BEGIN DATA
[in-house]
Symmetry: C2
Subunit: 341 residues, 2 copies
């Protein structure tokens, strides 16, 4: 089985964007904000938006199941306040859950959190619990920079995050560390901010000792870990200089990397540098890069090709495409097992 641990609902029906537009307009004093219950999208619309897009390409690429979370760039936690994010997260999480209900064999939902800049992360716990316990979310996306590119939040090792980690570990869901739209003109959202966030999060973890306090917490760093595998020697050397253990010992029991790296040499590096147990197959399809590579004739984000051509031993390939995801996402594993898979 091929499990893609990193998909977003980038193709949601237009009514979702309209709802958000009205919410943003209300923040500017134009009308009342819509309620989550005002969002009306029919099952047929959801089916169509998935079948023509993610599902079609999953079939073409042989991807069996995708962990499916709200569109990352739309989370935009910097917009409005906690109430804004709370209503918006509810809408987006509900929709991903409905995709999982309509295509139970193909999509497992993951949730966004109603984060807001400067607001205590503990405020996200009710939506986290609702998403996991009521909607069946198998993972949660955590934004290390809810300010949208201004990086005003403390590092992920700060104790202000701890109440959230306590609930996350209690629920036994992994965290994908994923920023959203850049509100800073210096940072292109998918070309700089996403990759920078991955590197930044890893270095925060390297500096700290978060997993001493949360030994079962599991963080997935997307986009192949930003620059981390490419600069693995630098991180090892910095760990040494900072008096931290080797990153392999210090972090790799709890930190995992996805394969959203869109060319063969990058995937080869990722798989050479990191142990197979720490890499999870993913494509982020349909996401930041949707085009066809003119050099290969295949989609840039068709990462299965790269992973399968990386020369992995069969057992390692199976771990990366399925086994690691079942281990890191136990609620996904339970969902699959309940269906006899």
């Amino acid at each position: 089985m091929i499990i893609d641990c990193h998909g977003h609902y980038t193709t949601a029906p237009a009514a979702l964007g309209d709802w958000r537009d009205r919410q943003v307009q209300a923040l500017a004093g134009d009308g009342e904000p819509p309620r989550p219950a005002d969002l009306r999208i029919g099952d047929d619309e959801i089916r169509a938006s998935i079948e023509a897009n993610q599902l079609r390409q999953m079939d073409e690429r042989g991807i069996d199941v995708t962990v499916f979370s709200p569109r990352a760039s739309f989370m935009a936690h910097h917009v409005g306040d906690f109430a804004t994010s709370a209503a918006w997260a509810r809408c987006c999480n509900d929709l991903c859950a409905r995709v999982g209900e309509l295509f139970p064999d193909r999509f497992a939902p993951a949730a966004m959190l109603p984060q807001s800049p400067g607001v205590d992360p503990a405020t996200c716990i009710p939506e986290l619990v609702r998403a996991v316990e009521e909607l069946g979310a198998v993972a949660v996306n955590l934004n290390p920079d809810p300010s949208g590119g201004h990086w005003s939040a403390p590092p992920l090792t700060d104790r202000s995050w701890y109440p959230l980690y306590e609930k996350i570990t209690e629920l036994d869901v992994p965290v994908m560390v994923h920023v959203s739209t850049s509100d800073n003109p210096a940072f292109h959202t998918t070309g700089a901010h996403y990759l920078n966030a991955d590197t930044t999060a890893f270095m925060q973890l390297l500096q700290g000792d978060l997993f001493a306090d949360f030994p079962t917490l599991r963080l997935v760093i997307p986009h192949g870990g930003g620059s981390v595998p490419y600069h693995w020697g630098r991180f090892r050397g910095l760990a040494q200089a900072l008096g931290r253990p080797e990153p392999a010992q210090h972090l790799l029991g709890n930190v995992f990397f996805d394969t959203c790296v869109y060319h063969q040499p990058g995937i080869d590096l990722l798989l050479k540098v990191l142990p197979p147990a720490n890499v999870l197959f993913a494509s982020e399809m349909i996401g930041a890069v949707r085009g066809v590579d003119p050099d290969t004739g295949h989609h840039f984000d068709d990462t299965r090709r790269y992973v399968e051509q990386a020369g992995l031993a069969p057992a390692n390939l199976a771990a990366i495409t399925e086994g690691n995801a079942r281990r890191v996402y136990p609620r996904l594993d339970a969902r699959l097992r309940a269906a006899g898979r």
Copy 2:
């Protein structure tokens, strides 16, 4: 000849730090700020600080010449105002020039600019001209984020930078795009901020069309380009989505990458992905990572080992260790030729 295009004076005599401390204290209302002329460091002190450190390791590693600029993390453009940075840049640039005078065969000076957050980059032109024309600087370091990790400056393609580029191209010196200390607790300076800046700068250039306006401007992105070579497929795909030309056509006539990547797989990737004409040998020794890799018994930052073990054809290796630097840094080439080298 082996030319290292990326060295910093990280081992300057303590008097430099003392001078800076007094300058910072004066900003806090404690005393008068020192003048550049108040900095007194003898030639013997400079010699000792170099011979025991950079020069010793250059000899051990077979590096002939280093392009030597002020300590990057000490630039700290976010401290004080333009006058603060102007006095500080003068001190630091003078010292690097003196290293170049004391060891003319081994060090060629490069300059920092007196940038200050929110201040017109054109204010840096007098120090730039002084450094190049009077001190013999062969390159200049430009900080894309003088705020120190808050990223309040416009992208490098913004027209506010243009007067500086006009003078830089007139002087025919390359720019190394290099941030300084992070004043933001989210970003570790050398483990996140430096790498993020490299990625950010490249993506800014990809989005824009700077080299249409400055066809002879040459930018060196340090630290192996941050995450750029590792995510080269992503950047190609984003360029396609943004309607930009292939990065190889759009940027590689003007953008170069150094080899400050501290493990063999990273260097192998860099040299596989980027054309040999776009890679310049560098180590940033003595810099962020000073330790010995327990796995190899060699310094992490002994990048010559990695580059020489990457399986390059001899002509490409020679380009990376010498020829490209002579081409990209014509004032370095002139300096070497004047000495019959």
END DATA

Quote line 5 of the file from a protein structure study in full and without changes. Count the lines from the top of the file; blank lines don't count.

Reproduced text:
């Amino acid at each position: 089985m091929i499990i893609d641990c990193h998909g977003h609902y980038t193709t949601a029906p237009a009514a979702l964007g309209d709802w958000r537009d009205r919410q943003v307009q209300a923040l500017a004093g134009d009308g009342e904000p819509p309620r989550p219950a005002d969002l009306r999208i029919g099952d047929d619309e959801i089916r169509a938006s998935i079948e023509a897009n993610q599902l079609r390409q999953m079939d073409e690429r042989g991807i069996d199941v995708t962990v499916f979370s709200p569109r990352a760039s739309f989370m935009a936690h910097h917009v409005g306040d906690f109430a804004t994010s709370a209503a918006w997260a509810r809408c987006c999480n509900d929709l991903c859950a409905r995709v999982g209900e309509l295509f139970p064999d193909r999509f497992a939902p993951a949730a966004m959190l109603p984060q807001s800049p400067g607001v205590d992360p503990a405020t996200c716990i009710p939506e986290l619990v609702r998403a996991v316990e009521e909607l069946g979310a198998v993972a949660v996306n955590l934004n290390p920079d809810p300010s949208g590119g201004h990086w005003s939040a403390p590092p992920l090792t700060d104790r202000s995050w701890y109440p959230l980690y306590e609930k996350i570990t209690e629920l036994d869901v992994p965290v994908m560390v994923h920023v959203s739209t850049s509100d800073n003109p210096a940072f292109h959202t998918t070309g700089a901010h996403y990759l920078n966030a991955d590197t930044t999060a890893f270095m925060q973890l390297l500096q700290g000792d978060l997993f001493a306090d949360f030994p079962t917490l599991r963080l997935v760093i997307p986009h192949g870990g930003g620059s981390v595998p490419y600069h693995w020697g630098r991180f090892r050397g910095l760990a040494q200089a900072l008096g931290r253990p080797e990153p392999a010992q210090h972090l790799l029991g709890n930190v995992f990397f996805d394969t959203c790296v869109y060319h063969q040499p990058g995937i080869d590096l990722l798989l050479k540098v990191l142990p197979p147990a720490n890499v999870l197959f993913a494509s982020e399809m349909i996401g930041a890069v949707r085009g066809v590579d003119p050099d290969t004739g295949h989609h840039f984000d068709d990462t299965r090709r790269y992973v399968e051509q990386a020369g992995l031993a069969p057992a390692n390939l199976a771990a990366i495409t399925e086994g690691n995801a079942r281990r890191v996402y136990p609620r996904l594993d339970a969902r699959l097992r309940a269906a006899g898979r």